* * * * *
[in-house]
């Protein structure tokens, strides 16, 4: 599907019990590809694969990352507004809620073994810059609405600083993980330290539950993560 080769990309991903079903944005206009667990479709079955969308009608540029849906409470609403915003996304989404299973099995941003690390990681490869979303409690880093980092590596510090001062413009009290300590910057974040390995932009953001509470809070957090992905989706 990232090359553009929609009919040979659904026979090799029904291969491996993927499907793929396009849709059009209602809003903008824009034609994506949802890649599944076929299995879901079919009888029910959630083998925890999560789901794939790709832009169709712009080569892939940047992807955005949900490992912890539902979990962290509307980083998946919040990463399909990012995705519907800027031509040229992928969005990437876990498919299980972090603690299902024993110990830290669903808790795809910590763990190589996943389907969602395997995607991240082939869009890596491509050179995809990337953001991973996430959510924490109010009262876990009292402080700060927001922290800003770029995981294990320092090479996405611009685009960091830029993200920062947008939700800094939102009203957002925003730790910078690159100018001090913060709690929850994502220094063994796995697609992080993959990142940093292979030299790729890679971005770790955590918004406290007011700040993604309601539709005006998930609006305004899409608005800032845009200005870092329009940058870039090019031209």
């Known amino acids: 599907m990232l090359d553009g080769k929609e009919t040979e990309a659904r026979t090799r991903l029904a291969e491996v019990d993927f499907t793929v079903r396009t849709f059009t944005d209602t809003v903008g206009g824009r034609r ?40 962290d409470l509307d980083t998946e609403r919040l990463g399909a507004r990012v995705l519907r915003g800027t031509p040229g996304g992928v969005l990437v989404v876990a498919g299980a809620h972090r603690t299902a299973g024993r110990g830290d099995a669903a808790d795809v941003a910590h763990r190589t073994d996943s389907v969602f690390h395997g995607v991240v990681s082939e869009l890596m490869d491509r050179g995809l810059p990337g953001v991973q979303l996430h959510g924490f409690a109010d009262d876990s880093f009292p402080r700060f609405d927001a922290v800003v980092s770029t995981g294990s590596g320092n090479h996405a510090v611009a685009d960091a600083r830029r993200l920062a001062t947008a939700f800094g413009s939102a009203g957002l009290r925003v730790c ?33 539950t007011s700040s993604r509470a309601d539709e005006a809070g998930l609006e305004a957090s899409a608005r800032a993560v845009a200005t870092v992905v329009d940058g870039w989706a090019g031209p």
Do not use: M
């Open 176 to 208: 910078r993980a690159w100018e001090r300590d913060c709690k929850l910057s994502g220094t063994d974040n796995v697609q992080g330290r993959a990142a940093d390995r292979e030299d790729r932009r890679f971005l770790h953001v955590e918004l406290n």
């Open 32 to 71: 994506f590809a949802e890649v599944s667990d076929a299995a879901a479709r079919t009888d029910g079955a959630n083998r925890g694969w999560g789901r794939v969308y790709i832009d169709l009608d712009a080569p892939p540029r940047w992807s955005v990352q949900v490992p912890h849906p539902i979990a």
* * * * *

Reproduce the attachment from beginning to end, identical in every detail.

[in-house]
């Protein structure tokens, strides 16, 4: 599907019990590809694969990352507004809620073994810059609405600083993980330290539950993560 080769990309991903079903944005206009667990479709079955969308009608540029849906409470609403915003996304989404299973099995941003690390990681490869979303409690880093980092590596510090001062413009009290300590910057974040390995932009953001509470809070957090992905989706 990232090359553009929609009919040979659904026979090799029904291969491996993927499907793929396009849709059009209602809003903008824009034609994506949802890649599944076929299995879901079919009888029910959630083998925890999560789901794939790709832009169709712009080569892939940047992807955005949900490992912890539902979990962290509307980083998946919040990463399909990012995705519907800027031509040229992928969005990437876990498919299980972090603690299902024993110990830290669903808790795809910590763990190589996943389907969602395997995607991240082939869009890596491509050179995809990337953001991973996430959510924490109010009262876990009292402080700060927001922290800003770029995981294990320092090479996405611009685009960091830029993200920062947008939700800094939102009203957002925003730790910078690159100018001090913060709690929850994502220094063994796995697609992080993959990142940093292979030299790729890679971005770790955590918004406290007011700040993604309601539709005006998930609006305004899409608005800032845009200005870092329009940058870039090019031209």
């Known amino acids: 599907m990232l090359d553009g080769k929609e009919t040979e990309a659904r026979t090799r991903l029904a291969e491996v019990d993927f499907t793929v079903r396009t849709f059009t944005d209602t809003v903008g206009g824009r034609r ?40 962290d409470l509307d980083t998946e609403r919040l990463g399909a507004r990012v995705l519907r915003g800027t031509p040229g996304g992928v969005l990437v989404v876990a498919g299980a809620h972090r603690t299902a299973g024993r110990g830290d099995a669903a808790d795809v941003a910590h763990r190589t073994d996943s389907v969602f690390h395997g995607v991240v990681s082939e869009l890596m490869d491509r050179g995809l810059p990337g953001v991973q979303l996430h959510g924490f409690a109010d009262d876990s880093f009292p402080r700060f609405d927001a922290v800003v980092s770029t995981g294990s590596g320092n090479h996405a510090v611009a685009d960091a600083r830029r993200l920062a001062t947008a939700f800094g413009s939102a009203g957002l009290r925003v730790c ?33 539950t007011s700040s993604r509470a309601d539709e005006a809070g998930l609006e305004a957090s899409a608005r800032a993560v845009a200005t870092v992905v329009d940058g870039w989706a090019g031209p």
Do not use: M
């Open 176 to 208: 910078r993980a690159w100018e001090r300590d913060c709690k929850l910057s994502g220094t063994d974040n796995v697609q992080g330290r993959a990142a940093d390995r292979e030299d790729r932009r890679f971005l770790h953001v955590e918004l406290n």
């Open 32 to 71: 994506f590809a949802e890649v599944s667990d076929a299995a879901a479709r079919t009888d029910g079955a959630n083998r925890g694969w999560g789901r794939v969308y790709i832009d169709l009608d712009a080569p892939p540029r940047w992807s955005v990352q949900v490992p912890h849906p539902i979990a």